MTV: Is there one scene in particular that you're really happy with the 3-D, something you think fans should be particularly excited about?
Aja: I think everything involving the fish is going to be fantastic. The biggest thing for the fans is going to be the big spring-break wet T-shirt contest, where we have thousands of spring-break groups on the water, and the party has its climax when the piranhas come and start attacking everyone. It's almost 25 minutes of a huge massacre, and it's really insane. I think we broke all the records in the manner of blood used. I don't remember the exact number, but we passed "Kill Bill." You've never seen something like that before. Then there's a more specific 3-D area, where at one point there's a boat that's sinking and they are rescued by another boat, and they cannot exit because there are a lot of rocks, and they are pulling a rope in between the two boats — like a ski rope — and they have to cross over, and the piranha are jumping, trying to get them. It's a very, very big 3-D moment.
MTV: When we visited the "Piranha" set, the big debate was, "Are you setting a record for most blood in a movie or most boobs in a movie?" And the cast seemed to be split.
Aja: I think we broke both records. I want to know exactly how many different girls' boobs are in the movie. I think it's a lot. I think blood-wise, I have to get the final number, but we are beyond anything you can even imagine.
MTV: I have to ask the very important question: Are there going to be 3-D boobs in "Piranha 3-D"?
Aja: Of course! Of course. There's going to be 3-D double-D boobs! When I'm making a movie, I always think about the movie I would love to see. And from the beginning, this movie has been like, "I would have loved to have watched this movie when I was like 15, 16, 17 and above." It's kind of a cult guilty pleasure, like "Fast Times," "Gremlins," "Breakfast Club."
MTV: Have you started the 3-D conversion yet?
Aja: Yes. Knowing that we would go with that technology from the beginning, we were going back and forth on set during the whole process of shooting. Converting the movie in a good way can take a year.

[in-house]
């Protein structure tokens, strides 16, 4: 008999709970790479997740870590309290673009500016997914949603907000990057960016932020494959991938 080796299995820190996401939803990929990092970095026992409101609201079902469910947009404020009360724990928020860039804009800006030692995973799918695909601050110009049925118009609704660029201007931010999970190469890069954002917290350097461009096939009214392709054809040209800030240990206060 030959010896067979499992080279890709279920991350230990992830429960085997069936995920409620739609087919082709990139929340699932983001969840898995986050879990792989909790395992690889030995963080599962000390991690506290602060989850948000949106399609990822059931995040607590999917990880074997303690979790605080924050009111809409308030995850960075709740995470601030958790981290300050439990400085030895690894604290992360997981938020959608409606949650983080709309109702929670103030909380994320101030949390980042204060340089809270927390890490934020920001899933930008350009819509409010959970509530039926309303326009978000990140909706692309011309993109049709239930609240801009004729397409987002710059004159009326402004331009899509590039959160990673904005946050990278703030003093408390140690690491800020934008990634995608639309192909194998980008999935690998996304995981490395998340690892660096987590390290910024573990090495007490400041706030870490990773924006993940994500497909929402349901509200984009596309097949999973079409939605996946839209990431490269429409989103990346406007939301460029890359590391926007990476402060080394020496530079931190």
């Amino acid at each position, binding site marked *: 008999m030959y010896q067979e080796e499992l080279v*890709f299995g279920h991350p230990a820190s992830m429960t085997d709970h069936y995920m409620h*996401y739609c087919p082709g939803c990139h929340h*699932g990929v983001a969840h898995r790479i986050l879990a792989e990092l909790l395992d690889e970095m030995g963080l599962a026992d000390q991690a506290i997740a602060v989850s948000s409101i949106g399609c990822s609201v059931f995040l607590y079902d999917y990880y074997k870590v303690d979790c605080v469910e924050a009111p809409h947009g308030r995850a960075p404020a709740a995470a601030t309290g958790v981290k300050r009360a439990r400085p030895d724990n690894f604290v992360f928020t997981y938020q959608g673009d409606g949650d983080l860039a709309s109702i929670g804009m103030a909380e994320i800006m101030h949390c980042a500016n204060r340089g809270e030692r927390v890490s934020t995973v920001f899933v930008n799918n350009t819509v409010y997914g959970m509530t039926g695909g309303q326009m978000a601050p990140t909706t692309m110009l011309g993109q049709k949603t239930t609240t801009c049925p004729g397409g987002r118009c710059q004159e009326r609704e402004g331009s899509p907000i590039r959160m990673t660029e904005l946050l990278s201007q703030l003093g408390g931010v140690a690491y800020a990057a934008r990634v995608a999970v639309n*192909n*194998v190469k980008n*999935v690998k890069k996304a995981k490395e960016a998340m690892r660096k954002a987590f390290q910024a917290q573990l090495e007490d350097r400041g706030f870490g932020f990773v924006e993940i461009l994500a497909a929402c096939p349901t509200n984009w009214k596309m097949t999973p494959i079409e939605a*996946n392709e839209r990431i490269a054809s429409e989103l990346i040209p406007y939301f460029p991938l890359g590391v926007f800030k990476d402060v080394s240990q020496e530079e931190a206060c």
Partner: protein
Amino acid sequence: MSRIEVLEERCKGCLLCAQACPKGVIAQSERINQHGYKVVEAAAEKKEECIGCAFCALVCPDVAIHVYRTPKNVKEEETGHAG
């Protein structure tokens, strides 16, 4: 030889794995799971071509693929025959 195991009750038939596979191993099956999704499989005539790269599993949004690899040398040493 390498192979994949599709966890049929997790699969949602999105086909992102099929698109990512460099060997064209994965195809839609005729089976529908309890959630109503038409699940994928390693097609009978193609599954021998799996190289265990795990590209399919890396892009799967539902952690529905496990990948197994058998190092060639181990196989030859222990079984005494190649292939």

MTV: That's an interesting point, because "Clash of the Titans" is getting grief because people are skeptical of whether you can do the conversion process in a compressed amount of time.
Aja: I'm very curious. I'm spending the last year converting the movie in 3-D, and I can't wait to see what they did in three months.
MTV: Do you think after "Avatar" that 3-D is here to stay, or do you think it's just another fad?
Aja: You know, 3-D tried to break through for so long, and it never really happened. I have the feeling that when videogames, which are already on their way, are going to get into 3-D, it's going to create some kind of revolution. And that will cause the movie industry to make the turn and become completely 3-D. So far it's great, because we're still at the beginning of developing that technology. And there's a lot of debate between the real 3-D and the conversion, but both technologies are also getting better and better. I imagine in a few years from now, you'll be able to go see a movie without glasses, and it will be 3-D.
MTV: Are you saying, like Cameron did, "I'm on the 3-D bandwagon. I'm only going to make movies in 3-D from now on"?
Aja: I think storytelling is storytelling, and some stories need to exist no matter what, if it's in 2-D or 3-D. 3-D is a very expensive process right now, if you're shooting real 3-D or you convert them. Not every production can afford it, so it's really about the story. If I had the opportunity of getting my movie in 3-D in the theater, yes, I will definitely go for that.
Do not adjust your glasses! It's 3-D week at MTV News. All week long, we're looking at the biggest and boldest upcoming movies set to reach out and grab you with the wonders of 3-D technology. We've got exclusive sneak peeks at "Harry Potter and the Deathly Hallows," "Tron Legacy," "Clash of the Titans" and many more.
Check out everything we've got on "Piranha 3-D."